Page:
The Annals of Applied Statistics

Multilevel models with stochastic volatility for repeated cross-sections: An application to tribal art prices

Silvia Cagnone, Simone Giannerini, and Lucia Modugno

Full-text: Access denied (no subscription detected)

We're sorry, but we are unable to provide you with the full text of this article because we are not able to identify you as a subscriber. If you have a personal subscription to this journal, then please login. If you are already logged in, then you may need to update your profile to register your subscription. Read more about accessing full-text

Abstract

In this paper, we introduce a multilevel specification with stochastic volatility for repeated cross-sectional data. Modelling the time dynamics in repeated cross sections requires a suitable adaptation of the multilevel framework where the individuals/items are modelled at the first level whereas the time component appears at the second level. We perform maximum likelihood estimation by means of a nonlinear state space approach combined with Gauss–Legendre quadrature methods to approximate the likelihood function. We apply the model to the first database of tribal art items sold in the most important auction houses worldwide. The model allows to account properly for the heteroscedastic and autocorrelated volatility observed and has superior forecasting performance. Also, it provides valuable information on market trends and on predictability of prices that can be used by art markets stakeholders.

Article information

Source
Ann. Appl. Stat., Volume 11, Number 2 (2017), 1040-1062.

Dates
Received: February 2016
Revised: February 2017
First available in Project Euclid: 20 July 2017

Permanent link to this document
https://projecteuclid.org/euclid.aoas/1500537734

Digital Object Identifier
doi:10.1214/17-AOAS1035

Mathematical Reviews number (MathSciNet)
MR3693557

Zentralblatt MATH identifier
06775903

Keywords
Multilevel model hedonic regression model dependent random effects stochastic volatility autoregression

Citation

Cagnone, Silvia; Giannerini, Simone; Modugno, Lucia. Multilevel models with stochastic volatility for repeated cross-sections: An application to tribal art prices. Ann. Appl. Stat. 11 (2017), no. 2, 1040--1062. doi:10.1214/17-AOAS1035. https://projecteuclid.org/euclid.aoas/1500537734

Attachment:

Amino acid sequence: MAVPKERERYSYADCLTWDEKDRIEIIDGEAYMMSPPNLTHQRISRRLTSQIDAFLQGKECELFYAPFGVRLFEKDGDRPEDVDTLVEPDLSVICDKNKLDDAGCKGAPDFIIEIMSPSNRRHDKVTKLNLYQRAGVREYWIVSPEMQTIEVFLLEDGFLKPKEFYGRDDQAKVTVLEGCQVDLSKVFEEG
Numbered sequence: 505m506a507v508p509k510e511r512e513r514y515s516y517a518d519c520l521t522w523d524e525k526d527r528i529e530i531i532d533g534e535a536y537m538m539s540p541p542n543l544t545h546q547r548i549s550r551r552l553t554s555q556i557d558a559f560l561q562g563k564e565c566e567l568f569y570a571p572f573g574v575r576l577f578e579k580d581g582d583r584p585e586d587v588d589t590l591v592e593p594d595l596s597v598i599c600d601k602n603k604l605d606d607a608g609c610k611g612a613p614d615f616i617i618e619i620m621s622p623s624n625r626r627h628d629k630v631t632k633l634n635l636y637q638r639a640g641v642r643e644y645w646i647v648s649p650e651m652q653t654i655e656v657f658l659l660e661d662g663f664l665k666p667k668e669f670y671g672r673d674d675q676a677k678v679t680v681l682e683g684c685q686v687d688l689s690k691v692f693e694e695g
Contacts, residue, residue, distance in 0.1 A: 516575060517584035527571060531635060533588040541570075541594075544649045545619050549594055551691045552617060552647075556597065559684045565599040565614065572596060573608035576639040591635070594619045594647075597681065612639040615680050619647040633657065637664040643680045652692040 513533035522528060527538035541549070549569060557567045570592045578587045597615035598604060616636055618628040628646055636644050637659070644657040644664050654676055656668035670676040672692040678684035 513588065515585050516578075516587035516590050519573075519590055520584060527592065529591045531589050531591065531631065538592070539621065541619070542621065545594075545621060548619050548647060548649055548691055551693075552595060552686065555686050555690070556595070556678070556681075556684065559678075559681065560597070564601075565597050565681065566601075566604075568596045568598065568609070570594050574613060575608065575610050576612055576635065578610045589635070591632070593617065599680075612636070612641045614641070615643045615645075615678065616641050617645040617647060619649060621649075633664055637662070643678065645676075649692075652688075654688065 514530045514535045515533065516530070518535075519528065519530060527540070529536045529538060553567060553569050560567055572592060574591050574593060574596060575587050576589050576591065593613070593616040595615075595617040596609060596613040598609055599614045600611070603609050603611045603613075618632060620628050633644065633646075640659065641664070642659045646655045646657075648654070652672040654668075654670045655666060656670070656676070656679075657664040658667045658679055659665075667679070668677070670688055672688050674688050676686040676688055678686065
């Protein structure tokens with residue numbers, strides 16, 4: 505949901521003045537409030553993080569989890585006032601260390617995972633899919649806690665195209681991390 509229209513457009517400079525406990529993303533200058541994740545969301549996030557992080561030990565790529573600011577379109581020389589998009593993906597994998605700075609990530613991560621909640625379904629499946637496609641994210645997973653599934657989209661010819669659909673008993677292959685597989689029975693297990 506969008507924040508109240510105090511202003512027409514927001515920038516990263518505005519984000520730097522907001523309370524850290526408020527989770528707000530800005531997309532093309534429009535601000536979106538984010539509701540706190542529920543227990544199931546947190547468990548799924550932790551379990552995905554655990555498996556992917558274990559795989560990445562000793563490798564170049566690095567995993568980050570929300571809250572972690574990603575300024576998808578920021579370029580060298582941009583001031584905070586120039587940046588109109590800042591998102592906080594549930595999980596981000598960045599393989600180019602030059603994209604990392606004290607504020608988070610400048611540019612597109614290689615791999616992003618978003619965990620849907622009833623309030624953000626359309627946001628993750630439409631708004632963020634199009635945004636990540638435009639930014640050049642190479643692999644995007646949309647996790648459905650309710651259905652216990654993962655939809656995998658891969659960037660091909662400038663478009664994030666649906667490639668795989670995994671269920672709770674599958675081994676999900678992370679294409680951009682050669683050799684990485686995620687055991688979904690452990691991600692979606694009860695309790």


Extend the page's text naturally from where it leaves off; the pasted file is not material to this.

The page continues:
Export citation

References

  • Agnello, R. and Pierce, R. (1996). Financial returns, price determinants, and genre effects in American art investment. J. Cult. Econ. 20 359–383.
  • Ballesteros, T. (2011). Efficiency tests in the art market using cointegration and the error correction model. Social Science Research Network. DOI:http://dx.doi.org/10.2139/ssrn.1696785.
  • Bartolucci, F. and De Luca, G. (2001). Maximum likelihood estimation of a latent variable time-series model. Appl. Stoch. Models Bus. Ind. 17 5–17.
  • Baumol, W. (1986). Unnatural value: Or art investment as floating crap game. Am. Econ. Rev. 76 10–14.
  • Biordi, M. and Candela, G. (2007). L’arte etnica: Tra cultura e mercato. Skira.
  • Bocart, F. Y. R. P. and Hafner, C. M. (2012). Econometric analysis of volatile art markets. Comput. Statist. Data Anal. 56 3091–3104.
  • Bocart, F. Y. R. P. and Hafner, C. M. (2015). Volatility of price indices for heterogeneous goods with applications to the fine art market. J. Appl. Econometrics 30 291–312.
  • Bound, J., Jaeger, D. and Baker, R. (1995). Problems with instrumental variables estimation when the correlation between instruments and the endogenous explanatory variable is weak. J. Amer. Statist. Assoc. 90 443–450.
  • Box-Steffensmeier, J. M., De Boef, S. and Lin, T.-M. (2004). The dynamics of the partisan gender gap. Am. Polit. Sci. Rev. 98 515–528.
  • Browne, W. and Goldstein, H. (2010). MCMC sampling for a multilevel model with nonindependent residuals within and between cluster units. J. Educ. Behav. Stat. 35 453–473.
  • Cagnone, S. and Bartolucci, F. (2017). Adaptive quadrature for maximum likelihood estimation of a class of dynamic latent variable models. Comput. Econ. 49 599–622.
  • Cagnone, S., Giannerini, S. and Modugno, L. (2017). Supplement to “Multilevel models with stochastic volatility for repeated cross-sections: An application to tribal art prices.” DOI:10.1214/17-AOAS1035SUPP.
  • Candela, G., Castellani, M. and Pattitoni, P. (2012). Tribal art market: Signs and signals. J. Cult. Econ. 36 289–308.
  • Candela, G., Castellani, M. and Pattitoni, P. (2013). Reconsidering psychic return in art investments. Econom. Lett. 118 351–354.
  • Chanel, O. (1995). Is art market behaviour predictable? Eur. Econ. Rev. 39 519–527.
  • Chanel, O., Gérard-Varet, L. and Ginsburgh, V. (1996). The relevance of hedonic price indices. The case of paintings. J. Cult. Econ. 20 1–24.